23. Events do not just happen, but arrive by appointment.

  24. Either God wants to abolish evil, and cannot; or he can, but does not want to.

  25. It is unrealistc to expect people to see you as you see yourself.

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Marcus Aurelius Quotes

Marcus Aurelius is best known as one of the few great emperors of the Roman Empire. However, he is also one of the most renown Stoic philosophers of his time.

Towards the end of his reign, a time marked by war and the Antonine plague, Aurelius began the practice of journaling. These private journals are now known as the Meditations of Marcus Aurelius and are one of the greatest surviving works of Stoic philosophy from the ancient world.

Most modern Stoics read Aurelius’ work as an introduction to Stoic philosophy, and it’s filled to the brim with nuggets of wisdom and quotable principles. Below are some of my favourite quotes from the book.

  1. You have power over your mind — not outside events. Realize this, and you will find strength.

  2. The soul becomes dyed with the colour of its thoughts.

  3. Do not act as if you were going to live ten thousand years. Death hangs over you. While you live, while it is in your power, be good.

  4. Dwell on the beauty of life. Watch the stars, and see yourself running with them. Think constantly on the changes of the elements into each other, for such thoughts wash away the dust of earthly life.

  5. The impediment to action advances action. What stands in the way becomes the way.

  6. If it is not right do not do it; if it is not true do not say it.

  7. If any man despises me, that is his problem. My only concern is not doing or saying anything deserving of contempt.

  8. The first rule is to keep an untroubled spirit. The second is to look things in the face and know them for what they are.

  9. Never let the future disturb you. You will meet it, if you have to, with the same weapons of reason which today arm you against the present.

  10. How much time he gains who does not look to see what his neighbour says or does or thinks, but only at what he does himself, to make it just and holy.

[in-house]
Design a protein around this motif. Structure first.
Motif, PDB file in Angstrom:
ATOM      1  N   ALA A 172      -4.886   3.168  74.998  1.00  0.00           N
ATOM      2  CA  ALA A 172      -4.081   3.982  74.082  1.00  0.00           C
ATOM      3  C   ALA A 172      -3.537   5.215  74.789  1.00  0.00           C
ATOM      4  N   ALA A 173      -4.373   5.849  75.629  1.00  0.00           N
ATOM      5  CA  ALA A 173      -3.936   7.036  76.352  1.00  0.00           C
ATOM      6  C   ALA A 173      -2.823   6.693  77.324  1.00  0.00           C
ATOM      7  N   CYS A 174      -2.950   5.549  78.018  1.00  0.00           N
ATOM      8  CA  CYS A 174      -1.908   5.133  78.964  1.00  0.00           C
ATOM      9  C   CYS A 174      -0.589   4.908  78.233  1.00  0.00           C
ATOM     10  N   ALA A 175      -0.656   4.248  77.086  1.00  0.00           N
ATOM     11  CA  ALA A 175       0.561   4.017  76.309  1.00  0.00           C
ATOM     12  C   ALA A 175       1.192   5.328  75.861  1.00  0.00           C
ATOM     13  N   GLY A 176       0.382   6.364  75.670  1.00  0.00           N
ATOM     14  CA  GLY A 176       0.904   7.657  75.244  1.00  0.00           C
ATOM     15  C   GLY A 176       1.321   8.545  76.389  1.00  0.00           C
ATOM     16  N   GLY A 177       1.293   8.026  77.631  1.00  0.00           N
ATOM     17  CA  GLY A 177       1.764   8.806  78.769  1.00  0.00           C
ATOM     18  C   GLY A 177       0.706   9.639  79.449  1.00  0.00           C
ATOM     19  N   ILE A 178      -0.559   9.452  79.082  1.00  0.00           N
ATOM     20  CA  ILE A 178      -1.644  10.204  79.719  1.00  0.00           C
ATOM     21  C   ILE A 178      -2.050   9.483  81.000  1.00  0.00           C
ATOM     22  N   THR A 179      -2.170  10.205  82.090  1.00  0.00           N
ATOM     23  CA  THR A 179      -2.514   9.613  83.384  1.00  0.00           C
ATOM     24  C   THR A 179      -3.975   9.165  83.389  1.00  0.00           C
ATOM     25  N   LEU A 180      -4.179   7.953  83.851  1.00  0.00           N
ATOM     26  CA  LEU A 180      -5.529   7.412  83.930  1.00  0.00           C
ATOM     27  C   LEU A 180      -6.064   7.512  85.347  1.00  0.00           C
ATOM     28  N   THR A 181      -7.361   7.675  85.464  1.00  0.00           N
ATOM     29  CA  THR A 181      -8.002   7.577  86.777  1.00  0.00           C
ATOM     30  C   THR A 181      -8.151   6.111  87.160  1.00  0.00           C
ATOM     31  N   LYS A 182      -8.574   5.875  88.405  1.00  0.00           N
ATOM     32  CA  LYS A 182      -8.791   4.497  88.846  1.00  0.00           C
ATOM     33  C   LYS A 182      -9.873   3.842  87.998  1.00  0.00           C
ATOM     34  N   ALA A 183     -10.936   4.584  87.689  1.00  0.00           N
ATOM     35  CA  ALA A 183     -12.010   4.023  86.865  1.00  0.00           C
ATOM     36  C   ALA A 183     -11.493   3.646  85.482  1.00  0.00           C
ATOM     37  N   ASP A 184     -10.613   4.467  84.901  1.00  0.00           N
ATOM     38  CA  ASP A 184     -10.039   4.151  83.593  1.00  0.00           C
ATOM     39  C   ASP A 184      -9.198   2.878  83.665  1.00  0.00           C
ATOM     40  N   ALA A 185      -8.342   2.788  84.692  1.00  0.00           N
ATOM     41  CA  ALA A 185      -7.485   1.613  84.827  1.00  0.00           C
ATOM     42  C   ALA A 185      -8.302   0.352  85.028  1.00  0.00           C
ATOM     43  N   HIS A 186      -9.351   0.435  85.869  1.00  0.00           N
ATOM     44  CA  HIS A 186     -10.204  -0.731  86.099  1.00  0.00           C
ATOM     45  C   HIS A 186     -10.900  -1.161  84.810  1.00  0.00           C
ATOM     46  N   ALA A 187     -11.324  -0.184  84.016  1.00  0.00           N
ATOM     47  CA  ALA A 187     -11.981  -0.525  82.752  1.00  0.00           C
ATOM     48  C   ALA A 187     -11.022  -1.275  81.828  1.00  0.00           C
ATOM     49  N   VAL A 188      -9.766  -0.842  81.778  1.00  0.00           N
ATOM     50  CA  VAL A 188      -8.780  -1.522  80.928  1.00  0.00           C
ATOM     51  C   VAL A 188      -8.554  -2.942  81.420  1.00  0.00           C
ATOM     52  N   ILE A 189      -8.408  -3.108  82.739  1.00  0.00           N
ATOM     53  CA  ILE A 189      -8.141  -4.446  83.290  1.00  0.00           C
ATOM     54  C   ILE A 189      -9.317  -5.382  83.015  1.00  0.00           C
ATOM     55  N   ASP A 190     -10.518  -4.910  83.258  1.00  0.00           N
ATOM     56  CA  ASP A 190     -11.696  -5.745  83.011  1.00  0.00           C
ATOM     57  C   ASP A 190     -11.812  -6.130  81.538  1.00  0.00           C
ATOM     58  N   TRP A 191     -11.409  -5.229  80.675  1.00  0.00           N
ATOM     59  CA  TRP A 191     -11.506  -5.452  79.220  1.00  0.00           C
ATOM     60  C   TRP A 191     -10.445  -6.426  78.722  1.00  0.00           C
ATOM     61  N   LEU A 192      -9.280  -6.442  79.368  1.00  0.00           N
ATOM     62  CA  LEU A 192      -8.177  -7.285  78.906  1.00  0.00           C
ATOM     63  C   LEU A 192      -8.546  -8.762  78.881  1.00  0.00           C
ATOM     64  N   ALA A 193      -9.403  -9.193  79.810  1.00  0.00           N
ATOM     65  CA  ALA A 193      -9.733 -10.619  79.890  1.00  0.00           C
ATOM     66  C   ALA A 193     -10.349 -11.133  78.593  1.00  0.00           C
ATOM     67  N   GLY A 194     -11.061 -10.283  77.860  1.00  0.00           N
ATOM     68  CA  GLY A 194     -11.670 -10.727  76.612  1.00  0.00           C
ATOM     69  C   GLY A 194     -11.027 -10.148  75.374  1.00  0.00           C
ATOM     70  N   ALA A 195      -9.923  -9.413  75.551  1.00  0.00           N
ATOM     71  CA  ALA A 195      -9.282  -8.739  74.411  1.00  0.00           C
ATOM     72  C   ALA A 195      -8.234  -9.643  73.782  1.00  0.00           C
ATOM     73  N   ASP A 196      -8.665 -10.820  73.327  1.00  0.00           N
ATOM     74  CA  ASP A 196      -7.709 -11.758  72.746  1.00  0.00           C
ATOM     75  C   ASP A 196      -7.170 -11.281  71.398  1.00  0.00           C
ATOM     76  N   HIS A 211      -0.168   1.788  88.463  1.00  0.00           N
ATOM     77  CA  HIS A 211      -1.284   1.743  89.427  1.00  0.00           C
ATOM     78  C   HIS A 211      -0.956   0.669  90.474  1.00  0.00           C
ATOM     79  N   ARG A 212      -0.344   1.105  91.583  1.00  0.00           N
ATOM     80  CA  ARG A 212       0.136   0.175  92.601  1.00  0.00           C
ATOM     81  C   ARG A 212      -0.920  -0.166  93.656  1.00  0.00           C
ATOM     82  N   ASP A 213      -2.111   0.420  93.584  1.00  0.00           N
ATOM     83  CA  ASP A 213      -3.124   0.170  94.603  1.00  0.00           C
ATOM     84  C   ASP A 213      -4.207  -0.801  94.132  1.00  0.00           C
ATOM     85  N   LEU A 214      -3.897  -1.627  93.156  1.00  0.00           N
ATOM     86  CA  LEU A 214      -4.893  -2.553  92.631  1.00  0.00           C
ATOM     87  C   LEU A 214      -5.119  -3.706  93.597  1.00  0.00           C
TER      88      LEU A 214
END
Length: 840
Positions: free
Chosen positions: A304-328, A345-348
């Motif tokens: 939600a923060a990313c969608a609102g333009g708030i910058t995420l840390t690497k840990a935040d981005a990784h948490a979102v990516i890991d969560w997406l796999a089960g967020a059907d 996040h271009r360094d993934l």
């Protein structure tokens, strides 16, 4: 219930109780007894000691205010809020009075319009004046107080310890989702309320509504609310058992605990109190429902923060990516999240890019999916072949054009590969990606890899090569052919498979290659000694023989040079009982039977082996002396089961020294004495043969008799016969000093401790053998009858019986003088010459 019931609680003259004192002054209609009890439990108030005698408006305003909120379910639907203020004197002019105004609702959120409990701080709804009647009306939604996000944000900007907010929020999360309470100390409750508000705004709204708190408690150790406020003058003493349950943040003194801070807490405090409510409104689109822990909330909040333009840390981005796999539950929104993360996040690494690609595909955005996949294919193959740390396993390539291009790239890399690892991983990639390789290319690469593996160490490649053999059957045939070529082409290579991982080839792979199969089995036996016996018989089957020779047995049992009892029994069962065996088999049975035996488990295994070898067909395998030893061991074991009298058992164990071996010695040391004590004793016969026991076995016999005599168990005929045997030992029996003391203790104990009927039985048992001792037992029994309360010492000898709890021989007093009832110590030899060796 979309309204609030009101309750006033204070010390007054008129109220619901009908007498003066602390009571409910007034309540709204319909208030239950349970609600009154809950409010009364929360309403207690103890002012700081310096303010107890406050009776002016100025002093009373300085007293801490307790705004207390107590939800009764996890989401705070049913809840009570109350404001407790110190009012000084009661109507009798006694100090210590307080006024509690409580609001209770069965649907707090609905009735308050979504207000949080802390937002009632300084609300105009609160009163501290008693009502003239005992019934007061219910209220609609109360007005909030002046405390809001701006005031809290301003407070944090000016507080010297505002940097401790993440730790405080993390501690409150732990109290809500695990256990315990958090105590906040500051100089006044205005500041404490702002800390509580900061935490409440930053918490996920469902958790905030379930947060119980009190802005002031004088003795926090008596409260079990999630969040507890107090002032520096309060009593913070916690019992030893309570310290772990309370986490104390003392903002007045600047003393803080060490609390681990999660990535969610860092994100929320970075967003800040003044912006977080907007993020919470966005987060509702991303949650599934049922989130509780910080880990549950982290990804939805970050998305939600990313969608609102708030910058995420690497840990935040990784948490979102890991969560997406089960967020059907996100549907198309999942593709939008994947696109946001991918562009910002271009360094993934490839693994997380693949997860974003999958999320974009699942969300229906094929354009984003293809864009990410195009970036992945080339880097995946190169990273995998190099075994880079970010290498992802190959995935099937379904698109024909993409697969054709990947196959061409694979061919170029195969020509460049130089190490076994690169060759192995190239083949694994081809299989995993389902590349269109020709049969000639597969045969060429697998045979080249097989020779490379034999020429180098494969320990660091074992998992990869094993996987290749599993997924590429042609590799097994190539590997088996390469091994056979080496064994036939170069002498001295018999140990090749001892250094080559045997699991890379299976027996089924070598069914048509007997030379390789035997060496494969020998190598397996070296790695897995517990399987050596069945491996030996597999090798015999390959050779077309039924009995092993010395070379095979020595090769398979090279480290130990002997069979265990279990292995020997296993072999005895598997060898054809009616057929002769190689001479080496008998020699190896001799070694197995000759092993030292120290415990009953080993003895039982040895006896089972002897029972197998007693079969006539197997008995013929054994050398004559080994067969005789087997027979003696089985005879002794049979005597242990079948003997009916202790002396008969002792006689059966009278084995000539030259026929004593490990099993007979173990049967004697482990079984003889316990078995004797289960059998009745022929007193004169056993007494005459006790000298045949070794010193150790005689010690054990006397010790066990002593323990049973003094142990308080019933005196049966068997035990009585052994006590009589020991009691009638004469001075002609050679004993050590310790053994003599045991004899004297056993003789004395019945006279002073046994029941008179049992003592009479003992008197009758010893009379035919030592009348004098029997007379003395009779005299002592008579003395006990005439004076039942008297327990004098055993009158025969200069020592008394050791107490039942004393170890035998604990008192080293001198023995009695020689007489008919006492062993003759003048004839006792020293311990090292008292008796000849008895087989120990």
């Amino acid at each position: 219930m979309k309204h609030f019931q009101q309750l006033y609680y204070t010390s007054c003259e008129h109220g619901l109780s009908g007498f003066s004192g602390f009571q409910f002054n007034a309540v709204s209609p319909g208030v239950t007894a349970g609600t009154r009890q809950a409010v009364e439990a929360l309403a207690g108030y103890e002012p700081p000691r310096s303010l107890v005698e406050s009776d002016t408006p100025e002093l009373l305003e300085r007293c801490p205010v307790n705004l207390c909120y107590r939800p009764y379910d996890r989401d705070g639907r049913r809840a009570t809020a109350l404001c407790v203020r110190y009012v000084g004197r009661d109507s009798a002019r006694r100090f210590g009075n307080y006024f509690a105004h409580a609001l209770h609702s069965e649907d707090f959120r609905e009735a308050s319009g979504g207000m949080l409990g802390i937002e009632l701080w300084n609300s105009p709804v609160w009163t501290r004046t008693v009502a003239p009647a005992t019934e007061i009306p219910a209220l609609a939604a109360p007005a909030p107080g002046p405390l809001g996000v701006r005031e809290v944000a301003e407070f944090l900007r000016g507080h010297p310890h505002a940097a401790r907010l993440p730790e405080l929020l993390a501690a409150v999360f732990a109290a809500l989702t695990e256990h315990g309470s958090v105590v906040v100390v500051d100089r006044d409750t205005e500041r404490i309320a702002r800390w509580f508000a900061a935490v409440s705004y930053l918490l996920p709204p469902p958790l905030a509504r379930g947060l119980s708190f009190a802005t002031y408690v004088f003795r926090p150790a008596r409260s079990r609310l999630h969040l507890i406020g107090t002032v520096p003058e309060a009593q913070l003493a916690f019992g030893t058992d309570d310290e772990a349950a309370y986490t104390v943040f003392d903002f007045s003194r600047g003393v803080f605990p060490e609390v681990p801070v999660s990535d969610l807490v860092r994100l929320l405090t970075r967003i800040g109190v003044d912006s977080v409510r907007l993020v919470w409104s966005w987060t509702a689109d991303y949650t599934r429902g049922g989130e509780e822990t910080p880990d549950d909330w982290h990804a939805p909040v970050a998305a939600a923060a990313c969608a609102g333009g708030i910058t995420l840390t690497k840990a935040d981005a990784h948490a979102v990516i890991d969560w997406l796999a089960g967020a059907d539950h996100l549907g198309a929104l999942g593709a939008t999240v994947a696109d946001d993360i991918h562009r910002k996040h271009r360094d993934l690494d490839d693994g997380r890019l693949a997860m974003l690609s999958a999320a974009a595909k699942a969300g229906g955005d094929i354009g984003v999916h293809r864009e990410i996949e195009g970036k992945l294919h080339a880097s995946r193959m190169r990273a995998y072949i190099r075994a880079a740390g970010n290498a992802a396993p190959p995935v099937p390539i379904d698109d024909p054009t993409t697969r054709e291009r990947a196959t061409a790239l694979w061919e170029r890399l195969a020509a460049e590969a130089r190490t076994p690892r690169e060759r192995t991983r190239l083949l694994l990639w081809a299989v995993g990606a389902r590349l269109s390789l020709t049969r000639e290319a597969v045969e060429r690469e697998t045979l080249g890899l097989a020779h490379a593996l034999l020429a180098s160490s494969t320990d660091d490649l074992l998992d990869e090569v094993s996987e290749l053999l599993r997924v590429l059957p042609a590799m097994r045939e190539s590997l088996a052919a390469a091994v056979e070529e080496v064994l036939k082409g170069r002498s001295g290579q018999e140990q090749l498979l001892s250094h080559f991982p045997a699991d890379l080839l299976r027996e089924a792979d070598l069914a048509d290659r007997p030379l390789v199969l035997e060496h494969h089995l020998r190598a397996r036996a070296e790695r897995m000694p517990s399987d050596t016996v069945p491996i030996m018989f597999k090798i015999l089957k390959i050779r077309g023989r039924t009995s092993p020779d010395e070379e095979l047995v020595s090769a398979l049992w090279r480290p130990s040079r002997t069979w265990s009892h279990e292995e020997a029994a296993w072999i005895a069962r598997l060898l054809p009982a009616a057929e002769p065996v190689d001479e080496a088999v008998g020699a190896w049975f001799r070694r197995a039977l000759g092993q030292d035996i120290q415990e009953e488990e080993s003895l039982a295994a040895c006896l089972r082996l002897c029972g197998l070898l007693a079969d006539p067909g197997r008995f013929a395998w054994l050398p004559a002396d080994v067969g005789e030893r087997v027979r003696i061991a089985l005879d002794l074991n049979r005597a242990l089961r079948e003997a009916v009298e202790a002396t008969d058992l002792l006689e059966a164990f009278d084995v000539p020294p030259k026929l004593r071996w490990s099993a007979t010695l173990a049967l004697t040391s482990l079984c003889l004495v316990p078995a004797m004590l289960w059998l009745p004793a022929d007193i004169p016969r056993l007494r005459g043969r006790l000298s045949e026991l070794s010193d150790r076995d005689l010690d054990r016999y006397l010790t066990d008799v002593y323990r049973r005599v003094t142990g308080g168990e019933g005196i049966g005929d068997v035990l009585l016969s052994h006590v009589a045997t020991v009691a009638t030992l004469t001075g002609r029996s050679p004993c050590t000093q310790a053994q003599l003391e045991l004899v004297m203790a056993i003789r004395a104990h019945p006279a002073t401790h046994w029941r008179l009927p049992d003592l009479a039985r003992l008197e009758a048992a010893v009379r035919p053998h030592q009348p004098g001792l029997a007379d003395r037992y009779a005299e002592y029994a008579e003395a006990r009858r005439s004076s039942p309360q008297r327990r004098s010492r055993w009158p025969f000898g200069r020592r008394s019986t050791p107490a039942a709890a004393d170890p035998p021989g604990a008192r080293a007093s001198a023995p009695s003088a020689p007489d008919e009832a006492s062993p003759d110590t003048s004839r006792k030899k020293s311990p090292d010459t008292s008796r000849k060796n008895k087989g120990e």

11. Very little is needed to make a happy life; it is all within yourself in your way of thinking.

  12. Whenever you are about to find fault with someone, ask yourself the following question: What fault of mine most nearly resembles the one I am about to criticize?

  13. If you are distressed by anything external, the pain is not due to the thing itself, but to your estimate of it; and this you have the power to revoke at any moment.

  14. The happiness of your life depends upon the quality of your thoughts.

  15. The happiness of your life depends upon the quality of your thoughts.

  16. Everything we hear is an opinion, not a fact. Everything we see is a perspective, not the truth.

  17. If someone is able to show me that what I think or do is not right, I will happily change, for I seek the truth, by which no one was ever truly harmed. It is the person who continues in his self-deception and ignorance who is harmed.

  18. I have often wondered how it is that every man loves himself more than all the rest of men, but yet sets less value on his own opinion of himself than on the opinion of others.

  19. Begin each day by telling yourself: Today I shall be meeting with interference, ingratitude, insolence, disloyalty, ill-will, and selfishness – all of them due to the offenders’ ignorance of what is good or evil.

  20. Perfection of character is this: to live each day as if it were your last, without frenzy, without apathy, without pretence.

  21. A person’s worth is measured by the worth of what he values.

  22. Observe always that everything is the result of change, and get used to thinking that there is nothing Nature loves so well as to change existing forms and make new ones like them.

  23. Or is it your reputation that’s bothering you? But look at how soon we’re all forgotten. The abyss of endless time that swallows it all. The emptiness of those applauding hands. The people who praise us; how capricious they are, how arbitrary. And the tiny region it takes place. The whole earth a point in space – and most of it uninhabited.

  24. Be like the cliff against which the waves continually break; but it stands firm and tames the fury of the water around it.

  25. A man must stand erect, not be kept erect by others.


Seneca Quotes

Lucius Annaeus Seneca the Younger (I know, its a long name) was a Stoic philosopher of ancient Rome.

He was also one of the wealthiest men in the Empire, a statesman, writer, and, at one point, mentor to Emperor Nero.

In Stoic circles, Seneca is most known for the letters he wrote to his friend Lucilius Junior. There are 124 letters in total, covering a wide range of life advice and Stoic wisdom. These letters are among the greatest surviving Stoic works, alongside the Mediations of Marcus Aurelius and Epictetus’ Discourses.

Seneca also wrote a number of essays, my favorite of which are:

  • On Providence

  • On Anger

  • On The Shortness of Life

Below are some of the best Stoic quotes from Seneca’s work.